How COVID is Changing Human Trafficking

  • Time to read 2 minutes

Chuck Paul, an anti-trafficking subject matter expert, recently explained how the COVID-19 pandemic is affecting local trafficking victims.

According to Paul, teens and young adults have flooded the local drop-in center and shelter for trafficking victims when their traffickers ditched them.

"Prior to the pandemic, traffickers had what they call their stable of young people that they exploit,” Paul said. “After the pandemic hit and everything started to shut down, the ability for a trafficker to sell a person was greatly diminished because this person wasn’t making them money, they just got rid of them,” Paul said. “They dropped them off on the streets and said ‘you’re on your own.‘”

Now, with the pandemic entering a new, less restricted phase, Paul is saying that traffickers are on the lookout for new victims. 

“The traffickers have to re-supply their stock of slaves,” Paul said. “I’m calling it what it is. There’s a huge population of young people right now that are stuck at home, they haven’t been going to school. Their only social contact is social media, and the traffickers are working hard on social media to target whichever child they can.”

Traffickers are looking for youth in places where parents may not expect, like social media and online gaming platforms. Parents need to be aware  who their child is talking to on social media or multiplayer video games. Parents need to be made aware of any person using a secret identity. Traffickers  may be attempting to groom the child with gifts or attention on websites and web-based applications.

Traffickers are also combing the streets for runaways, homeless or foster youth, first offering them food, shelter and protection, then eventually making them provide sex as payment.

Other things to watch out for:

  • Receiving gifts in the mail or from Amazon that you didn’t buy
  • Becoming more secretive
  • Staying up late at night, especially online
  • Changes in their friends or activities
  • Being more disrespectful or disconnecting from family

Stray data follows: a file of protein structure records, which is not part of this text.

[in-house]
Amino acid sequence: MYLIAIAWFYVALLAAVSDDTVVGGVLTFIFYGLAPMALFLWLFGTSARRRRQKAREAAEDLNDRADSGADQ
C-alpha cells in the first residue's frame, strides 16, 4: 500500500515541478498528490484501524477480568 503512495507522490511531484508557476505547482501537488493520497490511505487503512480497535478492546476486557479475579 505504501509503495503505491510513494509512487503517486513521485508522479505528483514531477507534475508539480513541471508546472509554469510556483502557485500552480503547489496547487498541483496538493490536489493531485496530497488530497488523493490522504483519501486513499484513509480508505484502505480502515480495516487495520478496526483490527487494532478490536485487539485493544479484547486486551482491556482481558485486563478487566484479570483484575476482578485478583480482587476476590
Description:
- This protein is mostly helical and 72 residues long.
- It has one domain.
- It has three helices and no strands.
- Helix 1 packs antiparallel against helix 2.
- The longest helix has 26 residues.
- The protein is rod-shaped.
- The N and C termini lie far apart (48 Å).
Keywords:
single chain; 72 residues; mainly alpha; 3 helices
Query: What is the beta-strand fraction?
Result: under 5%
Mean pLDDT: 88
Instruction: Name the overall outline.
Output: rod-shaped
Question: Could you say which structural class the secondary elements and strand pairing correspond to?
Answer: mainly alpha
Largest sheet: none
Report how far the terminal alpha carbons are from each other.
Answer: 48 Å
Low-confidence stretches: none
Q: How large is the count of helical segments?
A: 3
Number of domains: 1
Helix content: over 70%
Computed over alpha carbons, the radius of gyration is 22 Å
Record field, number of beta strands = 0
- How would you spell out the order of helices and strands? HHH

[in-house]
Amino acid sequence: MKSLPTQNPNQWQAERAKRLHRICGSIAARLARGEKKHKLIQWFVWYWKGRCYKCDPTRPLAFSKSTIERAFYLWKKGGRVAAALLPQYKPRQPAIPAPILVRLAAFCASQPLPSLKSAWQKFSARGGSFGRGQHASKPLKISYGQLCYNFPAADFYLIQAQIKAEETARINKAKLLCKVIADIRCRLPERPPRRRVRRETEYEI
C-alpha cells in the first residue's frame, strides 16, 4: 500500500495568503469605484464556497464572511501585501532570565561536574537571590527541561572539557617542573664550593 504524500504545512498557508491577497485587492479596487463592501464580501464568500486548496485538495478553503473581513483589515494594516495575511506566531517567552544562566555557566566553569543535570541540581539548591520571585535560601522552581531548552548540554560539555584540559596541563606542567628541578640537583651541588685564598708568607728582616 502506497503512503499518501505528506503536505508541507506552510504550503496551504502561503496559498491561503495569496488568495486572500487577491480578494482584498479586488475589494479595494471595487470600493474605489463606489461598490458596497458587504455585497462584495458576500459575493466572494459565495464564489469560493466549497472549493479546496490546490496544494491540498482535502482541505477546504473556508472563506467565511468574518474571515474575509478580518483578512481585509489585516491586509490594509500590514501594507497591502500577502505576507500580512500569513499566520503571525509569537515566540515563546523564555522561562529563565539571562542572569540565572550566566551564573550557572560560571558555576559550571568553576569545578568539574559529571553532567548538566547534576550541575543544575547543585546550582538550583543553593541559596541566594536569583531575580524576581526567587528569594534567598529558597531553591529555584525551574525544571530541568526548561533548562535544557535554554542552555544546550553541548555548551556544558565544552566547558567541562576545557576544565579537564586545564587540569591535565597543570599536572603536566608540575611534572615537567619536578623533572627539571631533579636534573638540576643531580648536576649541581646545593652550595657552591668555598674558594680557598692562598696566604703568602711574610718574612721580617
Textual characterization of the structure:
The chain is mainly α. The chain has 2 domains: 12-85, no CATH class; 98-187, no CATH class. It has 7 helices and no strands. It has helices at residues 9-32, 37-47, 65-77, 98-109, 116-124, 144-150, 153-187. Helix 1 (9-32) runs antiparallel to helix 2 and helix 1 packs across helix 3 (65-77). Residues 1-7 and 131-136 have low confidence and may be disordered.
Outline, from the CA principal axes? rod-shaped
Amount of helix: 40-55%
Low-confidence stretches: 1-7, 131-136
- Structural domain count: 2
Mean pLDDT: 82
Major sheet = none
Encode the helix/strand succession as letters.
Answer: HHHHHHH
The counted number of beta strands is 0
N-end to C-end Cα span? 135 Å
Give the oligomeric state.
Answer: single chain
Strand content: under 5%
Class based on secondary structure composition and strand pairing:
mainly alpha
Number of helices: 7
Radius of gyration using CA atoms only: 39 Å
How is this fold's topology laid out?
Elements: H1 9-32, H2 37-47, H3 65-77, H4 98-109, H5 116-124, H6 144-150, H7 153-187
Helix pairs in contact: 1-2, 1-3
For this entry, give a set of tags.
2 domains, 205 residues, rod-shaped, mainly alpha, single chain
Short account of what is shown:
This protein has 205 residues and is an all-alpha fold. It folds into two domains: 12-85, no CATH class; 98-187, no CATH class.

Traffickers groom their victims with gifts, promises, and praise. Their goal is to separate them from loved ones in order to control them more easily, so shifts in engagement with family or general attitude towards family and friends is a warning sign. 

“Traffickers are seeding these ideas in their heads that their family doesn’t really care about them. So that trafficker can come in and be that trusted person,” Paul explained.

 

Check out the full article at: https://www.ksat.com/news/local/2020/07/06/local-human-trafficking-morphs-in-face-of-pandemic-affecting-kids-at-home/

 

Chuck Paul partnered with 3rd Millennium Classrooms to develop an online, interactive training for identifying the red flags of sex trafficking. Learn more and sign up now.

 

{ "@context": "http://schema.org", "@type": "NewsArticle", "mainEntityOfPage": { "@type": "WebPage", "@id": "http://blog.3rdmil.com/node/add/article" }, "How COVID is Changing Human Trafficking": "Create Article", "description": "Traffickers are on the hunt for new victims and are looking in places you might not expect, like on social media or multiplayer video games", "image": { "@type": "ImageObject", "url": "https://web.3rdmil.com/themes/custom/enterpriseplus/logo.png", "height": "200", "width": "50" }, "datePublished": "2020-07-13T12:59:12-0500", "dateModified": "2020-07-13T12:59:12-0500", "author": { "@type": "Person", "name": "Esther Shock" }, "publisher": { "@type": "Organization", "name": "3rd Mil Classrooms", "logo": { "@type": "ImageObject", "url": "https://web.3rdmil.com/themes/custom/enterpriseplus/logo.png", "width": 200, "height": 50 } } }
happy-teacher-and-student

With dramatic increases in students with anxiety and trauma from adverse childhood experiences (ACEs), educators must address emotional challenges in the classroom and rethink discipline.

October 26, 2020